Showing posts tagged
#nasa

Nerdy Engineer: Neil Armstrong on Being a Nerd

An Engineering Manifesto by the first man on the moon. “Science is about what is. Engineering is about what CAN be.”

From “The Engineering Century”, delivered at the National Press Club on February 22, 2000. Audio used with kind permission from the NPC and C-SPAN.

Animated by Jorge Cham - jorgecham.com
Produced by PHD TV, Allison Okamura and Maria Yang

What Space Smells Like

According to many astronauts, space smells like metal and fuel. Other say they’ve picked up notes of grilled meats. When wondering about the smell of space, who better to consult than an astronaut?

Not that they’ve experienced it first hand, either — space is a vacuum, so they would be dead — but they have taken more than a whiff or two of the residue on their space suits.

It’s generally agreed that the aroma is slightly acrid, but not unpleasant. One space traveler even said the scent took him back to the summers of his youth when he worked as an arc welder.

The smell is mostly attributed to dying stars, traces of which are reportedly everywhere — comets, meteors, space dust — you name it. Not only does the aromatic byproduct of the explosions spread, it tends to linger.

The hydrocarbons responsible for the intensity and breadth of space’s olfactory signature are also found in terrestrial products like oil, coal, and some foods.

NASA has commissioned the replication of the smell, so someday we may all get a chance to breathe in some space splendor.

NASA/IBEX Provides First View of the Solar System’s Tail

NASA’s Interstellar Boundary Explorer, or IBEX, recently mapped the boundaries of the solar system’s tail, called the heliotail.

By combining observations from the first three years of IBEX imagery, scientists have mapped out a tail that shows a combination of fast and slow moving particles.

The entire structure twisted, because it experiences the pushing and pulling of magnetic fields outside the solar system.

A Day in the Life of a Fake Astronaut

Kate Greene, crewmember of the HI-SEAS simulated Mars mission, shows us around the domed habitat where she’s been living for the last 2 months.

Read more: blogs.discovermagazine.com/fieldnotes/2013/06/21/video-a-day-in-the-life-of-a-fake-astronaut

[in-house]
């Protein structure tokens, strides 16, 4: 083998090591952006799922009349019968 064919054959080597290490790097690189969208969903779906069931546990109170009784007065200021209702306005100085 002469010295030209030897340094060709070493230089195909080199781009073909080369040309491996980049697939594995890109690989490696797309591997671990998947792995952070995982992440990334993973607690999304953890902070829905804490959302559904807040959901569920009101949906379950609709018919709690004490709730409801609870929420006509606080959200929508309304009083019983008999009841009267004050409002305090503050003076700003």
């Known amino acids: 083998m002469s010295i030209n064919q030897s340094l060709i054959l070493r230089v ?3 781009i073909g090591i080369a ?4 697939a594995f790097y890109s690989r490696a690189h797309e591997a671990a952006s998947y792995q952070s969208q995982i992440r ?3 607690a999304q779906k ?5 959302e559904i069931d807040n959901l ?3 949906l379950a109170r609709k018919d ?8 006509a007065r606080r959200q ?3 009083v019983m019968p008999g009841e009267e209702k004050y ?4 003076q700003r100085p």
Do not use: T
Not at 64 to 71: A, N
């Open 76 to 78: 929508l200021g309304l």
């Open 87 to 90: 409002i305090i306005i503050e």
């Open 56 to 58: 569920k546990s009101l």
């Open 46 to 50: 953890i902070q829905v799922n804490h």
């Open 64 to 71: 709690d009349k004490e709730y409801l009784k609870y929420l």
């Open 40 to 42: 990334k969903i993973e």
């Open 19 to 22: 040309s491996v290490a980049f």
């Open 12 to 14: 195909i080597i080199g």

The Beauty of Space Photography [Off Book - PBS Digital Studios]

Space presents a fantastic mystery to human life. Unfathomably large, with characteristics that defy our experience and understanding, the stars have perplexed and amazed humanity for our entire recorded history, and likely before.

In the present, astrophysicists and astronomers are aggressively studying the universe in an attempt to solve critical scientific and philosophical questions.

One of the primary tools for measurement and observation is imaging using cameras connected to powerful telescopes on Earth and in space. And although it’s not the primary motivation for photographing space, beauty is one of the most intriguing byproducts.

Images of space communicate the grandeur of the universe, and spark essential curiosities about what may be out there waiting for us once we make our way into the stars.

Featuring:
Emily Rice, American Museum of Natural History
Zolt Levay, Space Telescope Science Institute
David Hogg, New York University

Special thanks to NASA and the Space Telescope Science Institute for the beautiful Hubble photos.

pbsarts.tumblr.com

Wringing out Water on the ISS - for Science!

CSA Astronaut Chris Hadfield performed a simple science experiment designed by grade 10 Lockview High School students Kendra Lemke and Meredith Faulkner.

The students from Fall River, Nova Scotia won a national science contest held by the Canadian Space Agency with their experiment on surface tension in space using a wet washcloth. Credit: Canadian Space Agency/NASA

For more info about the experiment: www.asc-csa.gc.ca/eng/media/news_releases/2013/0416.asp

CSA Presents: The Hadfield Shake - Exercise on the ISS

To maintain their bone and muscle mass, astronauts need to work out two hours every day. CSA Astronaut and ISS Commander Chris Hadfield shares his workout routine with us, from cardio on the T2 treadmill, to muscle and bone mass maintenance on the ARED (Advanced Resistive Exercise Device). (Credit: CSA/NASA)

To find out more about exercising in space, go to: www.asc-csa.gc.ca/eng/astronauts/living_exercising.asp

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